So, then what's the purpose of marriage? What would happen in a society without it? Well, in my opinion, without marriage (a legal and social bond, usually to vow a lifetime commitment between romantically involved folks) the forces that once held fathers and mothers under the same household would also dissolve, making unstable family life a reality for even more children than now. Additionally, the lack of legal consequence for having sex with other individuals, leading to more promiscuous behavior, will increase the rates of STDs/STIs in the population. Even today, it's still much more risky to have several partners instead of one. A marriage contract is thus needed to encourage stable lives for children and promote monogamy, that will be its purpose.

Really, you already see the effects of a weak marriage institution-- there are more and more children who grow up in single parent homes, often not knowing the identity of the other parent, or have to experience their parent's divorce. None of those conditions are optimal for a child's growth, children benefit more from a stable, two-parent household.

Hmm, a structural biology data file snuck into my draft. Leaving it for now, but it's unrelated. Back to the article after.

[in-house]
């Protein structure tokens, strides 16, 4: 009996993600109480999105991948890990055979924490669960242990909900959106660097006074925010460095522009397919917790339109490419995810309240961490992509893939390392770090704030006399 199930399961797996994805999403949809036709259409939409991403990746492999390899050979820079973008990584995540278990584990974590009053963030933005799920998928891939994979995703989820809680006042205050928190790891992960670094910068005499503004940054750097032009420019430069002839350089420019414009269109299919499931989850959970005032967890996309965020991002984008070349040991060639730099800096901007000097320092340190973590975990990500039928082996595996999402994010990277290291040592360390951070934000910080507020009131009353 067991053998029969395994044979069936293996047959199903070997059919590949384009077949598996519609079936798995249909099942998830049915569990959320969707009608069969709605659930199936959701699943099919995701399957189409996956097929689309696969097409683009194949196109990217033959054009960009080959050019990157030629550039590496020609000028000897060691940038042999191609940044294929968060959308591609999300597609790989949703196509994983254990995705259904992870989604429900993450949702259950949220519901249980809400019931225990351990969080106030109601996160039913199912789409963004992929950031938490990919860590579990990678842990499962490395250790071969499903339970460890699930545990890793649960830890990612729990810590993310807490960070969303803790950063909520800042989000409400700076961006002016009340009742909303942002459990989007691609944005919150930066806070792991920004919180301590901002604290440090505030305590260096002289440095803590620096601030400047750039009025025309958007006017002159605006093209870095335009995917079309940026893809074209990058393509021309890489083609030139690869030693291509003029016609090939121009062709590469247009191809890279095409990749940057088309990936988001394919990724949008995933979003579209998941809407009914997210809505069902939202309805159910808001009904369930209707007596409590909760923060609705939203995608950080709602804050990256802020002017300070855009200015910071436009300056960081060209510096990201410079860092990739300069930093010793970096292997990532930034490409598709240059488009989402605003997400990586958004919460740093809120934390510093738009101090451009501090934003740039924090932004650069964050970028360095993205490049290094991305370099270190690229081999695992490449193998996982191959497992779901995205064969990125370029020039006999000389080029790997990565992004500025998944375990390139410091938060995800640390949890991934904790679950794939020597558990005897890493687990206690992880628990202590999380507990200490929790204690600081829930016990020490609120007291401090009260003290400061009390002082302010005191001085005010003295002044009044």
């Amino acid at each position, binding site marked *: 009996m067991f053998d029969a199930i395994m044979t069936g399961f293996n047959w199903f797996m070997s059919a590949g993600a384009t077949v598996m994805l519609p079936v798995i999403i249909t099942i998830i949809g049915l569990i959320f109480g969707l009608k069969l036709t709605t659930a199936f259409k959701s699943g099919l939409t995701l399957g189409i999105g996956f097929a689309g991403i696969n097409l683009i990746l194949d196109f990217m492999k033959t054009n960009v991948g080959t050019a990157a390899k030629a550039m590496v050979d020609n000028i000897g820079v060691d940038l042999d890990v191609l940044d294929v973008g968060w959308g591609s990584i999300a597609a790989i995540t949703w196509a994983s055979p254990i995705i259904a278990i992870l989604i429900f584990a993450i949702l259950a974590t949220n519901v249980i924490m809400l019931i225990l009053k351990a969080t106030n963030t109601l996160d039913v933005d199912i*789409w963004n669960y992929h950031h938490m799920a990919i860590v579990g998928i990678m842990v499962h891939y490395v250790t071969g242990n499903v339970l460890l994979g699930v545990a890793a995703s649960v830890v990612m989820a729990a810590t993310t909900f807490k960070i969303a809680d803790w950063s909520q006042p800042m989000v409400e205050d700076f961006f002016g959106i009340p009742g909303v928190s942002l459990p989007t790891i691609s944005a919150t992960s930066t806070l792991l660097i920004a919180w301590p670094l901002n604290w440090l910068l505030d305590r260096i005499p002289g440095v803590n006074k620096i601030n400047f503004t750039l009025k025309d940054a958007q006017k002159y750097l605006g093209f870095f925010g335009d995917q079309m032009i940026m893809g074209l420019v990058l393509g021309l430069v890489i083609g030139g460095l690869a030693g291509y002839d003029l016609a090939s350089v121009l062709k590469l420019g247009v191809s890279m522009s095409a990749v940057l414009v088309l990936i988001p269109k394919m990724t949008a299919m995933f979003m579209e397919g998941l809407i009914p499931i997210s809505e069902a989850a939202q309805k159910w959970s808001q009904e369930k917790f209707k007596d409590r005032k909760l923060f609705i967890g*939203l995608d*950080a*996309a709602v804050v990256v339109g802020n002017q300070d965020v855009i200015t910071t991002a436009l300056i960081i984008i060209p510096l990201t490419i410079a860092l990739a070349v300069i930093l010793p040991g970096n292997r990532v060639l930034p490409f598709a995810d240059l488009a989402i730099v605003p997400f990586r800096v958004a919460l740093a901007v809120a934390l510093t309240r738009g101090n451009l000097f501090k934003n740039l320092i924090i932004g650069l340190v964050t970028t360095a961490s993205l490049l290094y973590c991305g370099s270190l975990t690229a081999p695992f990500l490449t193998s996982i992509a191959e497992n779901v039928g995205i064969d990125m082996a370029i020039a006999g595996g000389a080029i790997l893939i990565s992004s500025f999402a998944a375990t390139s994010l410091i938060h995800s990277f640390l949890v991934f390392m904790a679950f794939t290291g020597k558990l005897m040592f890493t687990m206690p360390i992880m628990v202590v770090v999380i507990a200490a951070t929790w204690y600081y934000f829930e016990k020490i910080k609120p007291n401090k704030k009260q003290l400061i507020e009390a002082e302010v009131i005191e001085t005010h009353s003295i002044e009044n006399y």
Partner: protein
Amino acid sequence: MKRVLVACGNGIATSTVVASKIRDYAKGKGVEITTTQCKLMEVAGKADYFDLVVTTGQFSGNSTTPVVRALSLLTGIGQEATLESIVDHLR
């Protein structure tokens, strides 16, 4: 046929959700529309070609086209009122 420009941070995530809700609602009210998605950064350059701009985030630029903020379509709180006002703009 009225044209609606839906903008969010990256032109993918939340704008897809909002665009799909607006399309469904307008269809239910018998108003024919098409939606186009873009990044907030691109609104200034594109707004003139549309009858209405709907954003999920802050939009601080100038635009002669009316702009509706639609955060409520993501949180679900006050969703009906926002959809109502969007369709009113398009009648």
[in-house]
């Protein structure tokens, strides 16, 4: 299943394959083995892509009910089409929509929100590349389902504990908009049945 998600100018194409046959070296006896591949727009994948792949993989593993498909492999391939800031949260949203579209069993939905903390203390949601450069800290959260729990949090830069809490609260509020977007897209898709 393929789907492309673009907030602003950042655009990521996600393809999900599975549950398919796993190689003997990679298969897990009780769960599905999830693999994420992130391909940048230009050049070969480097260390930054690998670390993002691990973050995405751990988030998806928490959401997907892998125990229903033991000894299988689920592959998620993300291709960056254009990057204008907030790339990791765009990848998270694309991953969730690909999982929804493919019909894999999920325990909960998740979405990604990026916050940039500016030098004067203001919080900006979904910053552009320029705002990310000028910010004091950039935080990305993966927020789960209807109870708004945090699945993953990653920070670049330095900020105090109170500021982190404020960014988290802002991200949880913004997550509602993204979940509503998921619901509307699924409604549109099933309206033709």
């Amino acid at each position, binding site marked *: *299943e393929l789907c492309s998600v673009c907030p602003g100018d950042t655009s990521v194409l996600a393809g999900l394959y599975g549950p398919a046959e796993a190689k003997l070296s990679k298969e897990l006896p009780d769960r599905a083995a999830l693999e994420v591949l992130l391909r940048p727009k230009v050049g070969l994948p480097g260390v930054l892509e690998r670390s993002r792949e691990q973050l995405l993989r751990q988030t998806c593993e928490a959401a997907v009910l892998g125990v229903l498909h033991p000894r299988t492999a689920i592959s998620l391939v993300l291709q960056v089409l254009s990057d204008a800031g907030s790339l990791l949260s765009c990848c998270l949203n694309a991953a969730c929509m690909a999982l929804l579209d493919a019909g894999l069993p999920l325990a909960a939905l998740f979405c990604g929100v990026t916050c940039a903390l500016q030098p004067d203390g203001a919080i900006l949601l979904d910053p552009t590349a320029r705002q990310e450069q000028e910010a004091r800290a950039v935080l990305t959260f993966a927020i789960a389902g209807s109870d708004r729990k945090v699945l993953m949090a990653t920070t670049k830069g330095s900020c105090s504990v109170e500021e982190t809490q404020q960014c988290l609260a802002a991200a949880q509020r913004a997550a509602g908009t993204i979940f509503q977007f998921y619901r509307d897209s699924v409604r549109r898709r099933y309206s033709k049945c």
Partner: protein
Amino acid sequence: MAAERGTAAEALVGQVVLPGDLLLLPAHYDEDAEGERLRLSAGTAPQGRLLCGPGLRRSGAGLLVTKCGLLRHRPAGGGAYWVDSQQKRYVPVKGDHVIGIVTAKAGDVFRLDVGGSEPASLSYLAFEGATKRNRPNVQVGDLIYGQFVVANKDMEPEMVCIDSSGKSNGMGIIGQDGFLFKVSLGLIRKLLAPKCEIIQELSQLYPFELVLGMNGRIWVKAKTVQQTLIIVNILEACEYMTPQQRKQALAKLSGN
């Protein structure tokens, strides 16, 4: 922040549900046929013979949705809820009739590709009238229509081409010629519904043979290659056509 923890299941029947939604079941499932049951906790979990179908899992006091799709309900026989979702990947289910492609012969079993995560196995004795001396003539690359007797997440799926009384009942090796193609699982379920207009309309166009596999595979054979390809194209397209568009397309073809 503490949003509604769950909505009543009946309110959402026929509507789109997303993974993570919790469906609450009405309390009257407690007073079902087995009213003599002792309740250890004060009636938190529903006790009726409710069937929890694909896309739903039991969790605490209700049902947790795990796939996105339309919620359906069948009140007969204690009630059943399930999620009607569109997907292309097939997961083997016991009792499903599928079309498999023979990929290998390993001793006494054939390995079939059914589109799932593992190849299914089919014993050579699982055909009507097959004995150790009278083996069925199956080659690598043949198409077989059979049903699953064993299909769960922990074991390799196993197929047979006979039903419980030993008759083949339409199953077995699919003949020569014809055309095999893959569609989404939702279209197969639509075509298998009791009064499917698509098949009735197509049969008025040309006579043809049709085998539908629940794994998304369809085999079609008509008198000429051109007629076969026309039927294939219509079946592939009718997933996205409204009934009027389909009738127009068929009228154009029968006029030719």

But that's just my take on it. What's yours?

Spot on. The purpose of marriage is to cement the relationship between two individuals, allowing a stable family structure to form around them. Since there aren't enough marriages, these relationships aren't being cemented, so much more unstable families form and dissolve. This leaves a lot of children in sub-optimal conditions.
"Quoting yourself only makes you look like an arrogant jerk" - Gustav_Adolf_II
slo1
Posts: 4,341
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5/26/2015 11:48:15 AM
Posted: 1 year ago
At 5/20/2015 10:06:20 PM, Harper wrote:
The best way to gauge the importance and purpose of an institution, one must judge its utility. And the best way to do that is through a thought experiment-- think about what would happen if the institution were to dissolve completely. If it were truly necessary to fulfill the purpose, then the society would suffer without it.

So, then what's the purpose of marriage? What would happen in a society without it? Well, in my opinion, without marriage (a legal and social bond, usually to vow a lifetime commitment between romantically involved folks) the forces that once held fathers and mothers under the same household would also dissolve, making unstable family life a reality for even more children than now. Additionally, the lack of legal consequence for having sex with other individuals, leading to more promiscuous behavior, will increase the rates of STDs/STIs in the population. Even today, it's still much more risky to have several partners instead of one. A marriage contract is thus needed to encourage stable lives for children and promote monogamy, that will be its purpose.